The Constitution (And Other Illusions)
We are all taught, seemingly in the cradle, about the glorious Constitution, a document that lies at the very heart of America’s civil religion.
Schoolchildren used to be taught to memorize broad swaths of its provisions (although it’s extremely doubtful that this is done today, in the wake of the disastrous “No Child Left Behind” policy), along with the national mythology of the Founding Fathers as latter-day Olympians handing down freedom from the heavens.
Of all our myths, those inculcated in early childhood are those the hardest to shatter, because they are often the foundations of our understanding.
But all nations have founding myths. The Greeks, for centuries, believed in a pantheon of capricious and often malevolent gods, like Zeus, Athena, Hera, and Ares, to explain the uncertainties and travails of life, death, wisdom and war.
The “founding fathers,” as taught to U.S. kids, is a modern American myth, for how can slave owners be bringers of freedom, unless they free their slaves? And almost all of them—George Washington, Thomas Jefferson—even Patrick Henry (he of “Give me liberty, or give me death” fame)—owned slaves, even as he uttered these words, and then wrote them.
MOVE supporter, I. Abdul Jon used to say, “You only need to talk and write about freedom of speech, and freedom of religion and all other kinds of freedom if you ain’t got it; ‘cause if you got it, and ain’t got no problem with nobody else havin’ it—and it’s real, you ain’t gotta write about, and talk about protectin’ it, and whatnot....”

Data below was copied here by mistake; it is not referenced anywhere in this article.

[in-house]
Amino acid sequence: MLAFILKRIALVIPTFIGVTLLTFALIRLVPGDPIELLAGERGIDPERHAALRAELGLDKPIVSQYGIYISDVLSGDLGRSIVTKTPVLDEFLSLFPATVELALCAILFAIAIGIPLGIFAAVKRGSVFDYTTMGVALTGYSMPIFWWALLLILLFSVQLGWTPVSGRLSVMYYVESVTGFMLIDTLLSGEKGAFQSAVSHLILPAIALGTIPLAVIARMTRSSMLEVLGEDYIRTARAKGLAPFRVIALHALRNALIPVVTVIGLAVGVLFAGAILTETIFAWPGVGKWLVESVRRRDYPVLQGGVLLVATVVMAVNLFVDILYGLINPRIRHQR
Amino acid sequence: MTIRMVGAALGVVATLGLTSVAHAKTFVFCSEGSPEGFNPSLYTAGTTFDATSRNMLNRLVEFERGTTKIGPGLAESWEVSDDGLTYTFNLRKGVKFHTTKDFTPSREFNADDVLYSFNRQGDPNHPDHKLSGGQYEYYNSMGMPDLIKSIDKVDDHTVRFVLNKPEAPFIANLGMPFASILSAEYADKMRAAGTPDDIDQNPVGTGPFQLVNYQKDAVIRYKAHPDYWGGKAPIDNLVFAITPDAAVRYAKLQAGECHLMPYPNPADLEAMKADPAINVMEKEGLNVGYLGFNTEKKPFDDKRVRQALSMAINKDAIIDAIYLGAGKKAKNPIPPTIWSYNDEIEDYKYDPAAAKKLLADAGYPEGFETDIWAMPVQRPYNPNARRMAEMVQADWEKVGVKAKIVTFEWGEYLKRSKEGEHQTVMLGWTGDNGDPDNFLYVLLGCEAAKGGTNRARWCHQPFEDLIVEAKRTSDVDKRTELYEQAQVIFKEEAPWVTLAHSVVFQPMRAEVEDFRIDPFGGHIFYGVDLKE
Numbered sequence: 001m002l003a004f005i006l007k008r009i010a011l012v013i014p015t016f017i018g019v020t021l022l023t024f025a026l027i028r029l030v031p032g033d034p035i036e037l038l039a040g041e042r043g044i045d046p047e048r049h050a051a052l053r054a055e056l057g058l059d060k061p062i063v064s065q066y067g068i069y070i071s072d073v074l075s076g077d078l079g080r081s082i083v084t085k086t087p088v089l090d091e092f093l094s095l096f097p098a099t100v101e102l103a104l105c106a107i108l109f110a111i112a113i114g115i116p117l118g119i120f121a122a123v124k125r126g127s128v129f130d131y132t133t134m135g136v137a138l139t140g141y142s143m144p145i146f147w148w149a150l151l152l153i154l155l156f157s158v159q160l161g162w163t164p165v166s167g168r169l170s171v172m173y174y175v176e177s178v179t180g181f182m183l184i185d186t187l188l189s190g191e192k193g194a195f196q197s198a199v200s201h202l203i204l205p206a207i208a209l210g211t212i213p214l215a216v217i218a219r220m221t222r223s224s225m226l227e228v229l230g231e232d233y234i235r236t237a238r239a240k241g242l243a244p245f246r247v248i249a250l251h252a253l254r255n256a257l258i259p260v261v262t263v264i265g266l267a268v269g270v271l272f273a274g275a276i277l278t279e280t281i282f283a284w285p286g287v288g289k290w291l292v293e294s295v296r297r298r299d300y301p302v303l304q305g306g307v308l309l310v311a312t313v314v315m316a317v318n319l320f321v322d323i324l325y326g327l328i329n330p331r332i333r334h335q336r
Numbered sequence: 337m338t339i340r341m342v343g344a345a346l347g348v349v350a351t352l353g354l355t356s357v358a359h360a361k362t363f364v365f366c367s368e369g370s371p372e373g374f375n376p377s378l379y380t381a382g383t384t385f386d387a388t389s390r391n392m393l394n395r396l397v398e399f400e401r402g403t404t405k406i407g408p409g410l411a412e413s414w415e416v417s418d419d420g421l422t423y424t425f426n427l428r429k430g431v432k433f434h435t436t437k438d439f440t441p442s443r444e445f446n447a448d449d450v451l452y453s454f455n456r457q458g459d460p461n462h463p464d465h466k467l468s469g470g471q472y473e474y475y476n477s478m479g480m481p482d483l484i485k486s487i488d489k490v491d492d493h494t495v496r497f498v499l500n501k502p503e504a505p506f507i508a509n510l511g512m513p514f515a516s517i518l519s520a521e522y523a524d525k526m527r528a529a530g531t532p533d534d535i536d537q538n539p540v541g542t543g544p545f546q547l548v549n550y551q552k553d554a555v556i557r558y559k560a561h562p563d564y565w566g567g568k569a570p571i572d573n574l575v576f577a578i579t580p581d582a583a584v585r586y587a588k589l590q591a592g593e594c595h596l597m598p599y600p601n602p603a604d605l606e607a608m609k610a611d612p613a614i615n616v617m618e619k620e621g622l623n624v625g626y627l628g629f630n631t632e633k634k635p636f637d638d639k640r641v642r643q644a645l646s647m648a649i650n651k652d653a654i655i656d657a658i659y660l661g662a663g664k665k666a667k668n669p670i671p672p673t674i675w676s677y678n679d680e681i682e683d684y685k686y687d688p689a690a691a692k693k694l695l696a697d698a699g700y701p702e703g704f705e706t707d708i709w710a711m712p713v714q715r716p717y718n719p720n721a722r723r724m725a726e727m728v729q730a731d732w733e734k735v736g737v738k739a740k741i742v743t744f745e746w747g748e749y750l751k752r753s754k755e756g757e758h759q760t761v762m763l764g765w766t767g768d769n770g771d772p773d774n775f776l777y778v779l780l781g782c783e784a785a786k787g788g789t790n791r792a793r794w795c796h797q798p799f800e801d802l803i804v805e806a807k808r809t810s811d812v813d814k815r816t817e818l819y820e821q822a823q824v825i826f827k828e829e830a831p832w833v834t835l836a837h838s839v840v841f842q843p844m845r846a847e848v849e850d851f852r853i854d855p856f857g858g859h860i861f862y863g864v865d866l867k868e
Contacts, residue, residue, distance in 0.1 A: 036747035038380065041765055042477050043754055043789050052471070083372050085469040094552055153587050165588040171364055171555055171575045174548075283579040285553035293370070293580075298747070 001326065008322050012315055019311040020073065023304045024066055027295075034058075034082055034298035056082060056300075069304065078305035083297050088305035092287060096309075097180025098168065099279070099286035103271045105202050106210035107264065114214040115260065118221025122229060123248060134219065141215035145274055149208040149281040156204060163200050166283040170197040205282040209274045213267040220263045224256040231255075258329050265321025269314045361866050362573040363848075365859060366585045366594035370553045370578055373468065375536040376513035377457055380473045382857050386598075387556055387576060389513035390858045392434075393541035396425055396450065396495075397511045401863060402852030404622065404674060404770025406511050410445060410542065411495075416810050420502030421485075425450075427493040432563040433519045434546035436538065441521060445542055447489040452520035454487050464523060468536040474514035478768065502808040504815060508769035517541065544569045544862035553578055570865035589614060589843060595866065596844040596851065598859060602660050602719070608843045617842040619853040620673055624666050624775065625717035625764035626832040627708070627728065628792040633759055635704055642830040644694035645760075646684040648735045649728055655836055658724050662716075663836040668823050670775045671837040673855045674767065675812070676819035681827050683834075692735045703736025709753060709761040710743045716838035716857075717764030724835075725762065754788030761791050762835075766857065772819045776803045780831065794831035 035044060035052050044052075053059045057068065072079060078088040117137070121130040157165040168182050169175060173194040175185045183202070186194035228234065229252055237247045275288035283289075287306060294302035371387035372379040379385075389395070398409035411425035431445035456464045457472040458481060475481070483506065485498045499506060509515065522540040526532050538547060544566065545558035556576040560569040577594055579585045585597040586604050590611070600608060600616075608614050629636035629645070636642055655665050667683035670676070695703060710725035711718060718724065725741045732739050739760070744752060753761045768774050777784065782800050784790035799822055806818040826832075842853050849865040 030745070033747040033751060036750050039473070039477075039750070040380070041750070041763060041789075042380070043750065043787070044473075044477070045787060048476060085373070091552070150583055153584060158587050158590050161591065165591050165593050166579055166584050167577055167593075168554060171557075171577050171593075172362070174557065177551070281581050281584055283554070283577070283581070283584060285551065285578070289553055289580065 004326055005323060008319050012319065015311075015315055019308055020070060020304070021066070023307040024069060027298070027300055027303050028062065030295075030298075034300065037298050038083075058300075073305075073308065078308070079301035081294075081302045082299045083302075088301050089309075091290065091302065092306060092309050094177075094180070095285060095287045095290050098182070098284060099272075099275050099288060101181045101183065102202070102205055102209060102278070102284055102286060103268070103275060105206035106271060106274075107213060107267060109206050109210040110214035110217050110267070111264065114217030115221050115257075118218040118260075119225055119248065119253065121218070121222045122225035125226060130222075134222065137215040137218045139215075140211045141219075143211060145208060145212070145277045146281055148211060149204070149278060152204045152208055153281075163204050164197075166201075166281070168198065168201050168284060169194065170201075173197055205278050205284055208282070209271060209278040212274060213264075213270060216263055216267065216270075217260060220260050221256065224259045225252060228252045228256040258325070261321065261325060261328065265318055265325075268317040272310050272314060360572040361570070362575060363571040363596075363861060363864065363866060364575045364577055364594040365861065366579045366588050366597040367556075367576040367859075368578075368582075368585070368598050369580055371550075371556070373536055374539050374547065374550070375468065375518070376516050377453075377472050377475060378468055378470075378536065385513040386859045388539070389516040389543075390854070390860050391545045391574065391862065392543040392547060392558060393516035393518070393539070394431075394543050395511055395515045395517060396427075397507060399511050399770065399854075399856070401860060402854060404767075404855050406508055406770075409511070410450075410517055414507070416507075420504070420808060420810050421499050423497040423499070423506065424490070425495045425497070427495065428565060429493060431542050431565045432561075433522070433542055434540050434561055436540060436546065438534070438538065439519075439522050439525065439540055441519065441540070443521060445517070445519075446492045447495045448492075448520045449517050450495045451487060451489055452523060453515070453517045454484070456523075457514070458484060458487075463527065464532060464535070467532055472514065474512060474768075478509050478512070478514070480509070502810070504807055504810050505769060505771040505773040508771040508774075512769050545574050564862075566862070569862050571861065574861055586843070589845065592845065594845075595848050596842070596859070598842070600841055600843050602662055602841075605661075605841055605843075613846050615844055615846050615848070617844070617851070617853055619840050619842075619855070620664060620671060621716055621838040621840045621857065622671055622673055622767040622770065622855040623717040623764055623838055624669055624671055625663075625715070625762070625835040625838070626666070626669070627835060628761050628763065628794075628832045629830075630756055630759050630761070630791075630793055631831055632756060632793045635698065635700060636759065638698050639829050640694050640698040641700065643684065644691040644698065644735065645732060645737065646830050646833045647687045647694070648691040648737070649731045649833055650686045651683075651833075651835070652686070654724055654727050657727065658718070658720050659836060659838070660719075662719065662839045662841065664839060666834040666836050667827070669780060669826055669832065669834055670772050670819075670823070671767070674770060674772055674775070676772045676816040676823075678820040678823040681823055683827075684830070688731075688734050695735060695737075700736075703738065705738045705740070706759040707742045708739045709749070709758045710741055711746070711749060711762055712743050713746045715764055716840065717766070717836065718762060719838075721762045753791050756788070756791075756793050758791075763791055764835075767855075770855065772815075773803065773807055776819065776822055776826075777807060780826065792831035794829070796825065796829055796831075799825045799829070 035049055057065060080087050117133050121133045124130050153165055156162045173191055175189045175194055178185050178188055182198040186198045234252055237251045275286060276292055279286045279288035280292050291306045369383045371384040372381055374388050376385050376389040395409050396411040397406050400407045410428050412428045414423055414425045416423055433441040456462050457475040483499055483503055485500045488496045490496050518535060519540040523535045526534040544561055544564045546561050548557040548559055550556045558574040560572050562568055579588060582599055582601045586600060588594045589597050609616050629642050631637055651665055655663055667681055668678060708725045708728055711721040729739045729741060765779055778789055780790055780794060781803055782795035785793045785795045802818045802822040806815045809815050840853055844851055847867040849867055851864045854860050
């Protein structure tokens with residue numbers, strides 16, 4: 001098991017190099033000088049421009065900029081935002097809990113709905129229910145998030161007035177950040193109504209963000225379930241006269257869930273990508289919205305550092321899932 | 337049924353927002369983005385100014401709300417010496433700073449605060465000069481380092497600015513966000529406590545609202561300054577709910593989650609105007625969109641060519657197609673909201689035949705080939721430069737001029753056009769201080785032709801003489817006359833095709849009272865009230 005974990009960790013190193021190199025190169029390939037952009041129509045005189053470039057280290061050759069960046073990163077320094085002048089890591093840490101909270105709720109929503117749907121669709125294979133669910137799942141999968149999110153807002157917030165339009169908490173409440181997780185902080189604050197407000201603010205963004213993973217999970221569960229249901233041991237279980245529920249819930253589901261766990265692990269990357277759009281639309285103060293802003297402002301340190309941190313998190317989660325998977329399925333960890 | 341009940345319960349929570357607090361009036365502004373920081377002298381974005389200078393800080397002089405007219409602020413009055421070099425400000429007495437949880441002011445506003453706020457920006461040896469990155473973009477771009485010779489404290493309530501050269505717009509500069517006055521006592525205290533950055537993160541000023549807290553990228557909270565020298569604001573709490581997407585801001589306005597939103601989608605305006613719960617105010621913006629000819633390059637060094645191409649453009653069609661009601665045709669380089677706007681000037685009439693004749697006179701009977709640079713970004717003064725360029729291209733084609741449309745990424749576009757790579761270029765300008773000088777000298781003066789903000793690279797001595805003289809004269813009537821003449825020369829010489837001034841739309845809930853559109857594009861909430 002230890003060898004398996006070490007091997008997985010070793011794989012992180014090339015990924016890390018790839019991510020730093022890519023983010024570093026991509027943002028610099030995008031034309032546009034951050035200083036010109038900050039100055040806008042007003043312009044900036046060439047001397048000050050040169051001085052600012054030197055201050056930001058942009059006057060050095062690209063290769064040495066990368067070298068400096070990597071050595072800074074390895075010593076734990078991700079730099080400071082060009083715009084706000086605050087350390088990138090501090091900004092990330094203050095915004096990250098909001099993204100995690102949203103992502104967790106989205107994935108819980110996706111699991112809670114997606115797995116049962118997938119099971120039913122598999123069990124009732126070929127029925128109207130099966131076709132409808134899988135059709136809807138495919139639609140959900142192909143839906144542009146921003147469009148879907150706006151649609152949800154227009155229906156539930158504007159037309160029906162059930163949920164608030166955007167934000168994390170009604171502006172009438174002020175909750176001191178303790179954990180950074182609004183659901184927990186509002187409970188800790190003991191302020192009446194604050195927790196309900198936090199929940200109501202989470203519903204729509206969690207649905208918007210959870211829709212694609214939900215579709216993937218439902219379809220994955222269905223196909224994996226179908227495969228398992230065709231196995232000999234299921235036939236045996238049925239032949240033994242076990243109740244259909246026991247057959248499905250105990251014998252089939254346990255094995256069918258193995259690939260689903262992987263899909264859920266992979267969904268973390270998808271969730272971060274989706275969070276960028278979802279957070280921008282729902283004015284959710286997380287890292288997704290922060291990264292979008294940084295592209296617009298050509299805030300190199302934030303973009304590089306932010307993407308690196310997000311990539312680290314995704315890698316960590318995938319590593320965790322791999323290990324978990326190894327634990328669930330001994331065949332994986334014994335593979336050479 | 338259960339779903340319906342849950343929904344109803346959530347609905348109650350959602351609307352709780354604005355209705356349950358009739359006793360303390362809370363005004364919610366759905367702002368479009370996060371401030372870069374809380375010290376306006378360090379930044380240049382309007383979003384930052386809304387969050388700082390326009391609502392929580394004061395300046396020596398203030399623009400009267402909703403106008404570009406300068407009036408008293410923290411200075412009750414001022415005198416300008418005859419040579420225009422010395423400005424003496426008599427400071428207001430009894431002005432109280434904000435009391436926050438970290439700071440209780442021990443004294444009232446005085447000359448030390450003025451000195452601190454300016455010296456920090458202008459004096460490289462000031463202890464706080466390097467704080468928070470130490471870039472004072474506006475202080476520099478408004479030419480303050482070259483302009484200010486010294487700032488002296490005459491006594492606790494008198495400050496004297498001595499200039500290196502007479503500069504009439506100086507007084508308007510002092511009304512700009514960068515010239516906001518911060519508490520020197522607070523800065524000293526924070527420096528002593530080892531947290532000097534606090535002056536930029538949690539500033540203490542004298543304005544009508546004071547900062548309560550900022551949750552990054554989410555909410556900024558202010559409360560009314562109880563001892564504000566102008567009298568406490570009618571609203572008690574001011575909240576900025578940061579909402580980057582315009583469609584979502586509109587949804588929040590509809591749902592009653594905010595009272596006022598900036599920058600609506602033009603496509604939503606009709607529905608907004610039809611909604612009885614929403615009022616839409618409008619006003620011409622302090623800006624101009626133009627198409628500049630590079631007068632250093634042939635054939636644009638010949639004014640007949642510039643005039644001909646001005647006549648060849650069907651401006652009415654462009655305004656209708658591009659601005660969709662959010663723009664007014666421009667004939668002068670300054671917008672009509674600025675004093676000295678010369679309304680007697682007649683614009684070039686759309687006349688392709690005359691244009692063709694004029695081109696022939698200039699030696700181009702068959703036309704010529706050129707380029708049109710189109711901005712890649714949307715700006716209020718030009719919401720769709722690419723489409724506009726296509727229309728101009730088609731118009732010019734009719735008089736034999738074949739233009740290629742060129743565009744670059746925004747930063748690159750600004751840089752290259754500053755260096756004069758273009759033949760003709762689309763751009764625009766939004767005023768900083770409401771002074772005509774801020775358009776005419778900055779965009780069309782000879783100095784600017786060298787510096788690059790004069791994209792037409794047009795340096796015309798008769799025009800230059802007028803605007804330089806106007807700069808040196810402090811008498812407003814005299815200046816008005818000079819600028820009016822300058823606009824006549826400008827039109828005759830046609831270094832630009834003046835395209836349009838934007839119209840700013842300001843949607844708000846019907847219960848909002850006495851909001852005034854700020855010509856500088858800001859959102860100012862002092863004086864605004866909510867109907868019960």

In 1865, as the smoke was clearing from the U.S. Civil War, Congress passed the so-called Reconstruction Amendments, allegedly granting citizenship to millions of Black freemen, many of whom fought to preserve the Union. These constitutional amendments prohibited discrimination, and protected voting rights. On paper.
In fact, through white terrorism, racist courts and legislatures, those constitutional “rights” were ignored for 100 years, by both state and federal governments, until the rise of the modern civil rights movement at the middle of the 20th century.
And now, we have the rise of another myth—that of the freedoms brought by these movements, or granted by enlightened courts.
Truth is, new freedoms did emerge, for those who could afford them. By that I mean, a select class-freedom was granted to the Black middle class, who could access it. For the Black poor, the constitution has all of the relevance as that expressed by the writer, Anatole France, who quipped: “The law, in its majestic equality, forbids the rich as well as the poor to sleep under bridges, to beg in the streets, and to steal bread.”
Where is the constitutional right to an education, to a home, to a job—or to life?
As long as a piece of paper is worshipped, people will continue to suffer—as others celebrate.
—PrisonRadio.org, May 14, 2009